Thursday, December 24, 2009

...And we're off.

Well it's been a fun two and a half years living in Xiamen, and although our last few weeks have been extremely hectic and busy we managed to get to the airport this morning for our flight down to Hong Kong. We will spend a week in Vietnam - with Christmas and New Year's Eve in Hanoi, and the middle of that time spent taking an overnight train up to Sapa and then doing a home stay.

Our last two nights here were also filled with going away parties - Tuesday night going out with a good group of the people that I've worked with, and who have kept me sane with being able to understand what I'm saying and to then translate it. They were incredibly sweet and we came home with three boxes of Chinese teas that we had to figure out how to pack.

For our final night we met up with friends Howard and Dan at Me & You 2 (of course) to see the sunset one last time (supposedly good but we were late). From there we wandered over to the Sister's for a final meal, meeting up with Yih, Shelly, and Lugas. Shelly presented us with an outstanding tissue holder, and the Sister's presented Tina with a nice shawl. From there it was a quick stroll to Temptations to enjoy a Goh family gift - a sister prepared (Hong) and family delivered (Min and the rest) goodbye Christmas cake - which was outstanding.We tried to finish the night up over at a bar we didn't quite get to often enough during our time here - My Way - so that we could say goodbye to Gino. But Gino wasn't there and Ulf, from Me&You2, had told us that we needed to come back for a goodbye gift. We returned to find Ulf with a bouquet of flowers for Tina along with a bottle of champagne. Problem was, all we really wanted was bed - we muscled through a few glasses, along with a special drink concoction mixed by the bartender, and then wished them luck before we headed home....

So that's it, our China stories are done. Once we get back to Chicago in January we will do some quick updates to talk about Vietnam if we don't get a chance to post while we are there. We will probably also follow up with some China stories that we never quite got around to posting, along with any strange things that we notice as we transition back into life Stateside, before we let our posting on this blog dwindle down to few and far between, if at all.

It's been a great time, thanks to all of you who followed along, we have met some great people, seen some good friends leave, and are now leaving some good friends behind...

2-1/2 years of China in 2-1/2 minutes...

...with a lower quality version for the two of you with dial-up.

Wednesday, December 23, 2009

Our list ..

As many people leave China, bloggers will often have a list of things that they will miss, and what the won't. Well we're no exception...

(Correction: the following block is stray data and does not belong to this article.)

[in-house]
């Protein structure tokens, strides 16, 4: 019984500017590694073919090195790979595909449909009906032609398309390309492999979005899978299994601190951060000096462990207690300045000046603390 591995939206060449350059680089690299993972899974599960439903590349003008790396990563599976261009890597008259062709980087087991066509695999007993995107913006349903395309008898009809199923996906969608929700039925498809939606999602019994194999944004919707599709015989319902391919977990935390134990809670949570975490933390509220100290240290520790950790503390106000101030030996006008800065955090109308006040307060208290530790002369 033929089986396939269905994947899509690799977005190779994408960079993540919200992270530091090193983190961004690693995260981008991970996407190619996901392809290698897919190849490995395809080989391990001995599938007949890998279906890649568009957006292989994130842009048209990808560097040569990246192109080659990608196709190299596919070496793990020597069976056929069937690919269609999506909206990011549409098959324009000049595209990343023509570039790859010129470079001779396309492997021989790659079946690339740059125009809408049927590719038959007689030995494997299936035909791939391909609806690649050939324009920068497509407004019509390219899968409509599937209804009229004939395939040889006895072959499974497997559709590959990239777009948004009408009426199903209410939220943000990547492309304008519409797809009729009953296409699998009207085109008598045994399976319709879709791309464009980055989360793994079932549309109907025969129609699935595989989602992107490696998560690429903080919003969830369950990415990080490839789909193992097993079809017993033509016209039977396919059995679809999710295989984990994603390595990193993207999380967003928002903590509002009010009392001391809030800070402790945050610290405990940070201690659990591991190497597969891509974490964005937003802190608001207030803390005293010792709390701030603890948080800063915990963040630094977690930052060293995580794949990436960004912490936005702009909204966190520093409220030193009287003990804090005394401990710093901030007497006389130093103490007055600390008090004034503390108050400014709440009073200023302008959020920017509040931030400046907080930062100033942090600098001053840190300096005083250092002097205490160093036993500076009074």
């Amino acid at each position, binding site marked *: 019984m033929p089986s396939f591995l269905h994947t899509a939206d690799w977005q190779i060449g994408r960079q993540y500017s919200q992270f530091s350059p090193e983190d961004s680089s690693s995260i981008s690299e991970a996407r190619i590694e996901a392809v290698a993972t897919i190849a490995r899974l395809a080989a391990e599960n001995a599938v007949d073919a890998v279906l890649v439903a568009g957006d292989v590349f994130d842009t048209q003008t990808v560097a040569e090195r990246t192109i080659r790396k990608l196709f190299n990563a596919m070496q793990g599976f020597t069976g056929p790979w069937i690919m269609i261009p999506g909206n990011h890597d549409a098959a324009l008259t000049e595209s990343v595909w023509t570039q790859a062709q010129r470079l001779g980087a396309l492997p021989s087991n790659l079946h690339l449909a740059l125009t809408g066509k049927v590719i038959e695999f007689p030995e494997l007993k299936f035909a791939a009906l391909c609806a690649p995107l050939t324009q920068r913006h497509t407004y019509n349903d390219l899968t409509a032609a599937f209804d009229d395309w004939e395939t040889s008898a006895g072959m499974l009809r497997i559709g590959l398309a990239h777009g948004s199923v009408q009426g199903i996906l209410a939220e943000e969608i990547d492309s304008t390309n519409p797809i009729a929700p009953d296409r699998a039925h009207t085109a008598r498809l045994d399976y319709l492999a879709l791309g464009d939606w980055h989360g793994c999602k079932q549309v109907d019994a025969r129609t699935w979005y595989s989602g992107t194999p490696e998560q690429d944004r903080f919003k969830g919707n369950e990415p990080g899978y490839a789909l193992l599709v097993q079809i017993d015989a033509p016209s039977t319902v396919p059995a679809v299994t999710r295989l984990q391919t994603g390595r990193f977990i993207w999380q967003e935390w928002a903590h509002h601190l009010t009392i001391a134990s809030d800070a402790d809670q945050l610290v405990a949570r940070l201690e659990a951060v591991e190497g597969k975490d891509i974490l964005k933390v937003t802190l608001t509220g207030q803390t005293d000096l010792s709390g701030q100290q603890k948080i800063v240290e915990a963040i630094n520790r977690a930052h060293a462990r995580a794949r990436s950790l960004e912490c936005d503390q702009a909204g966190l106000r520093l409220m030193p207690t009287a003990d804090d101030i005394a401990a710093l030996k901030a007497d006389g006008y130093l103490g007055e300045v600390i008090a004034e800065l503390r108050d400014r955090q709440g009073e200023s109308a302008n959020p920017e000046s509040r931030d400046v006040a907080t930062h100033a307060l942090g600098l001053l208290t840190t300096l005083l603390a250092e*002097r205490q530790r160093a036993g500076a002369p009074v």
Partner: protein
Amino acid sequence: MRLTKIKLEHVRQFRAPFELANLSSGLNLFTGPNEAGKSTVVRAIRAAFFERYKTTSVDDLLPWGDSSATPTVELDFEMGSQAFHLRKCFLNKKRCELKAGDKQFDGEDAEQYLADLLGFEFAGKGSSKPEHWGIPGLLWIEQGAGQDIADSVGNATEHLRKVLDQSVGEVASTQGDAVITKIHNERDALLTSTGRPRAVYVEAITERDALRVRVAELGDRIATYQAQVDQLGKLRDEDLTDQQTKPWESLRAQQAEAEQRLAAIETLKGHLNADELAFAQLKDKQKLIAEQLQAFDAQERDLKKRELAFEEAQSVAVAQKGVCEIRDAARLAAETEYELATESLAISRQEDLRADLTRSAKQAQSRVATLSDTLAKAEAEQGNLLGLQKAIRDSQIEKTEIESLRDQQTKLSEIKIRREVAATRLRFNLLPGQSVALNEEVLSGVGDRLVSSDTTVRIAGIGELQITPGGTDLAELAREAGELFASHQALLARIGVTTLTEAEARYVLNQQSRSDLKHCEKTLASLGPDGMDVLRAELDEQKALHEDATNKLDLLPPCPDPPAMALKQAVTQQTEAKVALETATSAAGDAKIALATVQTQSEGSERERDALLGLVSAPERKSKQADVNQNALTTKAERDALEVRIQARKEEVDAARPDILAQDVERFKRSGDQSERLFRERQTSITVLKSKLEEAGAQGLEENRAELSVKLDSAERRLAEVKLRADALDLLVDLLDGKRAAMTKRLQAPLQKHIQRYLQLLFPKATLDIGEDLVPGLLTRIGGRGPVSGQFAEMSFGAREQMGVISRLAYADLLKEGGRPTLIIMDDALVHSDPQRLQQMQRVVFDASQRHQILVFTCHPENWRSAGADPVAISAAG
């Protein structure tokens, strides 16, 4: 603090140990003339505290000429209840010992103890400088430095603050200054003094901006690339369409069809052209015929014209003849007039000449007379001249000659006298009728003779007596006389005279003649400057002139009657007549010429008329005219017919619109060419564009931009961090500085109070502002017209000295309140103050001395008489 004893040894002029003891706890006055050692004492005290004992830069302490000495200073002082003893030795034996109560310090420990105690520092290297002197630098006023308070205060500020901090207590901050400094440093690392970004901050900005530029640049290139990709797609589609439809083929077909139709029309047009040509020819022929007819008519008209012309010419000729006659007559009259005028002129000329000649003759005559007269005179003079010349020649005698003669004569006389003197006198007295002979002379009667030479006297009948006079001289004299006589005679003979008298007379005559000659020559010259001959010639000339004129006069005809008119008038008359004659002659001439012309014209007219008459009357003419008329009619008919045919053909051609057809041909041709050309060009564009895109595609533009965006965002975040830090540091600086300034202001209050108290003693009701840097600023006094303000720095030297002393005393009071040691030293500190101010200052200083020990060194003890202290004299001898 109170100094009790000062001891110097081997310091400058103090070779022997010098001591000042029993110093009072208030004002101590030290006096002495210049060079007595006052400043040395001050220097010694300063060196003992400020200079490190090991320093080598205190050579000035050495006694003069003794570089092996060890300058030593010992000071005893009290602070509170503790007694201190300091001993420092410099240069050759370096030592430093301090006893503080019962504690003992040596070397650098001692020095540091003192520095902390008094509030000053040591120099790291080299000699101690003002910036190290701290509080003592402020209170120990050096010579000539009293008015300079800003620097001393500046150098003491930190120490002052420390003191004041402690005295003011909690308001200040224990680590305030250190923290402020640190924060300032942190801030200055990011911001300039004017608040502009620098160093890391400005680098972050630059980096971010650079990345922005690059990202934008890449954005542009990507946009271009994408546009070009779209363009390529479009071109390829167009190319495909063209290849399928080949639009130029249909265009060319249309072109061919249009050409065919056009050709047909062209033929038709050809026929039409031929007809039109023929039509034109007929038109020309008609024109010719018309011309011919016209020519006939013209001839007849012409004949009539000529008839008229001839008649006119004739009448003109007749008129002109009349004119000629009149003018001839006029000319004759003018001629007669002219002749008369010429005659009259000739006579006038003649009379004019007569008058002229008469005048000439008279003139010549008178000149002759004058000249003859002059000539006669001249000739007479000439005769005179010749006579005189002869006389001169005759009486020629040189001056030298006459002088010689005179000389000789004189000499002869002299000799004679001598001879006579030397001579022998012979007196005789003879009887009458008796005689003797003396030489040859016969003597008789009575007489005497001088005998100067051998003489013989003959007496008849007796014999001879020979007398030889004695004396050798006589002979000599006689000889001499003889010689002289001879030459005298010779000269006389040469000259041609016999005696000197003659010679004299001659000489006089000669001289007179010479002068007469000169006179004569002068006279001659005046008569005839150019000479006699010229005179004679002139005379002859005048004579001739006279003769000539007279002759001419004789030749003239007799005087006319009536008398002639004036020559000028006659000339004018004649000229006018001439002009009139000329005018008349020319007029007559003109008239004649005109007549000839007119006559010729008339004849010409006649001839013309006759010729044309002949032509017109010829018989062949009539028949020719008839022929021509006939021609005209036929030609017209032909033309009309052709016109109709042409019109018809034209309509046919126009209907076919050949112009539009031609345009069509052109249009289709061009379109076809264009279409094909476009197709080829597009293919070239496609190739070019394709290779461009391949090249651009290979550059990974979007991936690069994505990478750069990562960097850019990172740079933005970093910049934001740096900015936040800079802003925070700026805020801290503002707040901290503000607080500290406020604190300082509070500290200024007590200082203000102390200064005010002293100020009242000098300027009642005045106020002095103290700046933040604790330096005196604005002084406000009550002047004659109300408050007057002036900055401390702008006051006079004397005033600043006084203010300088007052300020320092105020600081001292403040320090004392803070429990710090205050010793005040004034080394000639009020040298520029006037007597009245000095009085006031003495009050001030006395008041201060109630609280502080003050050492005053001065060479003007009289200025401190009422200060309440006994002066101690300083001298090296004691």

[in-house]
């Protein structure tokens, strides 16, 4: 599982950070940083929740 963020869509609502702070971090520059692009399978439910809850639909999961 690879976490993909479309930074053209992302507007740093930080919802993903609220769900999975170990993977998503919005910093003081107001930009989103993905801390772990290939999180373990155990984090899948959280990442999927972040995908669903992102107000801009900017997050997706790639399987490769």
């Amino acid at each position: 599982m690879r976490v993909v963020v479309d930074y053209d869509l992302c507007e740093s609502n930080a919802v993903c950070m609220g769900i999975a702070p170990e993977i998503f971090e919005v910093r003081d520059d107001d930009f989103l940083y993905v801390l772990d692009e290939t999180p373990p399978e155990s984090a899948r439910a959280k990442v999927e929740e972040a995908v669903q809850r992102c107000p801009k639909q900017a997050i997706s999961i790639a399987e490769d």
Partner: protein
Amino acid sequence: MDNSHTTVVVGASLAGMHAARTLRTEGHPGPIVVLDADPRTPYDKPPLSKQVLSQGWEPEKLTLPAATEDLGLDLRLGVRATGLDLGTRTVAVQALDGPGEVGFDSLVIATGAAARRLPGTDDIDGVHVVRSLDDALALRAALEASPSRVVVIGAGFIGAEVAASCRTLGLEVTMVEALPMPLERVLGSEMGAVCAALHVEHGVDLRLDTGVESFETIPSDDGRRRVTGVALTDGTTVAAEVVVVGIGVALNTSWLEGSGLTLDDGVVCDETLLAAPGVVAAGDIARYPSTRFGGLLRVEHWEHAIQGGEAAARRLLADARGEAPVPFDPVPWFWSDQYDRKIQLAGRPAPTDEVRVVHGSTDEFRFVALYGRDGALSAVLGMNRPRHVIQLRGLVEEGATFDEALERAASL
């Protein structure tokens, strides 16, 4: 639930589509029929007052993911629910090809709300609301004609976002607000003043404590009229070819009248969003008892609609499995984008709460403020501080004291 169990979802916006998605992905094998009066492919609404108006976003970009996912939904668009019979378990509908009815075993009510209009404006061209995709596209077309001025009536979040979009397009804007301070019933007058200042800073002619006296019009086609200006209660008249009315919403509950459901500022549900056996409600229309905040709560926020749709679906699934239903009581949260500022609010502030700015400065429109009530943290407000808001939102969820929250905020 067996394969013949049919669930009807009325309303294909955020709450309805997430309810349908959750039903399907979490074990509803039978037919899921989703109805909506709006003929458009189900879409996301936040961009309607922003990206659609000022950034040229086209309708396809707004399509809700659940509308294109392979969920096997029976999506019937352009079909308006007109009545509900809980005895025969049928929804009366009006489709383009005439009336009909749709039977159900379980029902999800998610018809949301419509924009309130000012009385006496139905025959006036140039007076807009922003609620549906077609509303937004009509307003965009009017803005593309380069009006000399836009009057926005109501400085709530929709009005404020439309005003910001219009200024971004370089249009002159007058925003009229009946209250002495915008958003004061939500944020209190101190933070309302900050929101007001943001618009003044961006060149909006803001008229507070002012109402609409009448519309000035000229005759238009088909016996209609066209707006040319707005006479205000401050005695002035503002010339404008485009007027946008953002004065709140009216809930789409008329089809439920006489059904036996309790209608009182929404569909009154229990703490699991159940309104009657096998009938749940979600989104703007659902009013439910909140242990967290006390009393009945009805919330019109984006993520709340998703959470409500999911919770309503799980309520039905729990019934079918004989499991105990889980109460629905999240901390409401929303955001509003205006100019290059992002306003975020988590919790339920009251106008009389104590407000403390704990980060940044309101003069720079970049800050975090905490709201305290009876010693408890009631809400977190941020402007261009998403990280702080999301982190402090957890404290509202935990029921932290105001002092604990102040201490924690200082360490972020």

Things we will miss:

1. The people - very warm and friendly
2. Ba Shi - 8th market and Alleys
3. Gu Lang Yu, with all of its historical charm
4. The sunsets at Me and You 2, okay so the sangria's weren't bad either
5. Massages, cupping, pedicures, for next to nothing
6. Getting clothes tailor made
7. Very inexpensive
8. Travelling in China
9. Practicing my Chinese
10.Taiji, learning about Chinese culture, people, and history... will miss you Yang
11.Sitting out on our balcony and enjoying the views
12.Great photo opportunities
13.The abundance of fresh fruit here, love the pomelos, oranges, and longans
14.The food- especially the fresh seafood
15.Baozi - steamed bun
16.Ulf's parties at Me and You 2 - usually free beer for 3 hours
17.Bartering, everything is up for negotiations
18.That three winning beer caps gets you a free bottle - usually retrieved and drunk while wandering the alleys.

We won't miss:

1. The spitting
2. Trying to get Chinese to queue up - the saying "Pai dui" came in very handy
3. People throwing out their trash on the streets
4. Expensive wines
5. Western food that tastes like Chinese
6. Rats
7. Mold
8. No heat in the winter
9. Clothes that take forever to dry, and even then they're damp
10.Chinese drivers- who stops in the middle of the road to answer a phone?
11.Great Firewall of China

...and some things we'll never understand:

1.Chinese never want to give you bad news, so they just say.."ok, ok"
2.Women who wear shoes two sizes too big, with two inch heels..
3.No screens on their windows, they have flying cockroaches here.
4.The ability to sleep anywhere at some very crazy locations and positions
5. Winter time, the restaurants will leave the windows open, everyone wears their jackets..ah, close the door.
6. Men using two coin yuan to pluck their chin hairs..thanks, can you do that at home, please?

Tuesday, December 22, 2009

Seeing the family again.

Last night we had a family gathering as my little sister Min and family came to Xiamen for about a week. Luckily we were still here so that we could spend some time with her since we didn't have the opportunity when we were in Malaysia back in Sept..

Sister Yih made the dinner reservations at a swanky Chinese restaurant, and like all good hosts, booked a private room for about 14 people. She had asked if we could stop by Temptations and pick up the wine for the evening's dinner. Not a problem, since we were coming back from Gu Lang Yu. The wine of course was from their private selection, only the best for her family. Mark had the naughty idea, of exchanging the wines with the Blue Label wines to see if anyone would notice. The Blue Label is a decent wine, but not in the same league as Allen's private stock. I quickly squelched that idea, though it would have been funny to see Yih's face when she saw the bottles.